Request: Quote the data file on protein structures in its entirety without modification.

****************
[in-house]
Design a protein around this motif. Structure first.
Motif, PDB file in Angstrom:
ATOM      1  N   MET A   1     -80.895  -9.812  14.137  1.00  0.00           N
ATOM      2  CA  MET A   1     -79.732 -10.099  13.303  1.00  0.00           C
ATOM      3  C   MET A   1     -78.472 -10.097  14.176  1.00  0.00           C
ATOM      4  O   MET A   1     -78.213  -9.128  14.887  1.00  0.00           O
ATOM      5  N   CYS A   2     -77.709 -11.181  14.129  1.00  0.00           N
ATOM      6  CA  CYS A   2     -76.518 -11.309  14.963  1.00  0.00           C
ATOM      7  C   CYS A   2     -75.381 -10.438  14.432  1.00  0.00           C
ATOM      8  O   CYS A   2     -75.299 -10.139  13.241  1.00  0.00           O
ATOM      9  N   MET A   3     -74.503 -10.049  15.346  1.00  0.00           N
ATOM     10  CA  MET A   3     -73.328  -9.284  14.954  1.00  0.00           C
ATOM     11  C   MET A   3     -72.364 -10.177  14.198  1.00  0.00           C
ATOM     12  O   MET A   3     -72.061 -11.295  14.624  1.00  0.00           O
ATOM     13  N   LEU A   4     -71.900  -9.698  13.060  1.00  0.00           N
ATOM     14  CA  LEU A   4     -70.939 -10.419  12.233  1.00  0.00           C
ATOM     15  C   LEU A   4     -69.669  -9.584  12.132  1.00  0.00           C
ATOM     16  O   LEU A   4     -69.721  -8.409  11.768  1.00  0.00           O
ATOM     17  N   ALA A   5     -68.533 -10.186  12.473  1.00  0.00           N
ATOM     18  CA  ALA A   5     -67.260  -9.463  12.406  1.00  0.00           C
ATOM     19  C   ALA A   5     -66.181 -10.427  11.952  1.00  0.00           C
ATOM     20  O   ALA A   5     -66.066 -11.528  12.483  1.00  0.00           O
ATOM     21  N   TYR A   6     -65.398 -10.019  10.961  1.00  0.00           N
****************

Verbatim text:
[in-house]
Design a protein around this motif. Structure first.
Motif, PDB file in Angstrom:
ATOM      1  N   MET A   1     -80.895  -9.812  14.137  1.00  0.00           N
ATOM      2  CA  MET A   1     -79.732 -10.099  13.303  1.00  0.00           C
ATOM      3  C   MET A   1     -78.472 -10.097  14.176  1.00  0.00           C
ATOM      4  O   MET A   1     -78.213  -9.128  14.887  1.00  0.00           O
ATOM      5  N   CYS A   2     -77.709 -11.181  14.129  1.00  0.00           N
ATOM      6  CA  CYS A   2     -76.518 -11.309  14.963  1.00  0.00           C
ATOM      7  C   CYS A   2     -75.381 -10.438  14.432  1.00  0.00           C
ATOM      8  O   CYS A   2     -75.299 -10.139  13.241  1.00  0.00           O
ATOM      9  N   MET A   3     -74.503 -10.049  15.346  1.00  0.00           N
ATOM     10  CA  MET A   3     -73.328  -9.284  14.954  1.00  0.00           C
ATOM     11  C   MET A   3     -72.364 -10.177  14.198  1.00  0.00           C
ATOM     12  O   MET A   3     -72.061 -11.295  14.624  1.00  0.00           O
ATOM     13  N   LEU A   4     -71.900  -9.698  13.060  1.00  0.00           N
ATOM     14  CA  LEU A   4     -70.939 -10.419  12.233  1.00  0.00           C
ATOM     15  C   LEU A   4     -69.669  -9.584  12.132  1.00  0.00           C
ATOM     16  O   LEU A   4     -69.721  -8.409  11.768  1.00  0.00           O
ATOM     17  N   ALA A   5     -68.533 -10.186  12.473  1.00  0.00           N
ATOM     18  CA  ALA A   5     -67.260  -9.463  12.406  1.00  0.00           C
ATOM     19  C   ALA A   5     -66.181 -10.427  11.952  1.00  0.00           C
ATOM     20  O   ALA A   5     -66.066 -11.528  12.483  1.00  0.00           O
ATOM     21  N   TYR A   6     -65.398 -10.019  10.961  1.00  0.00           N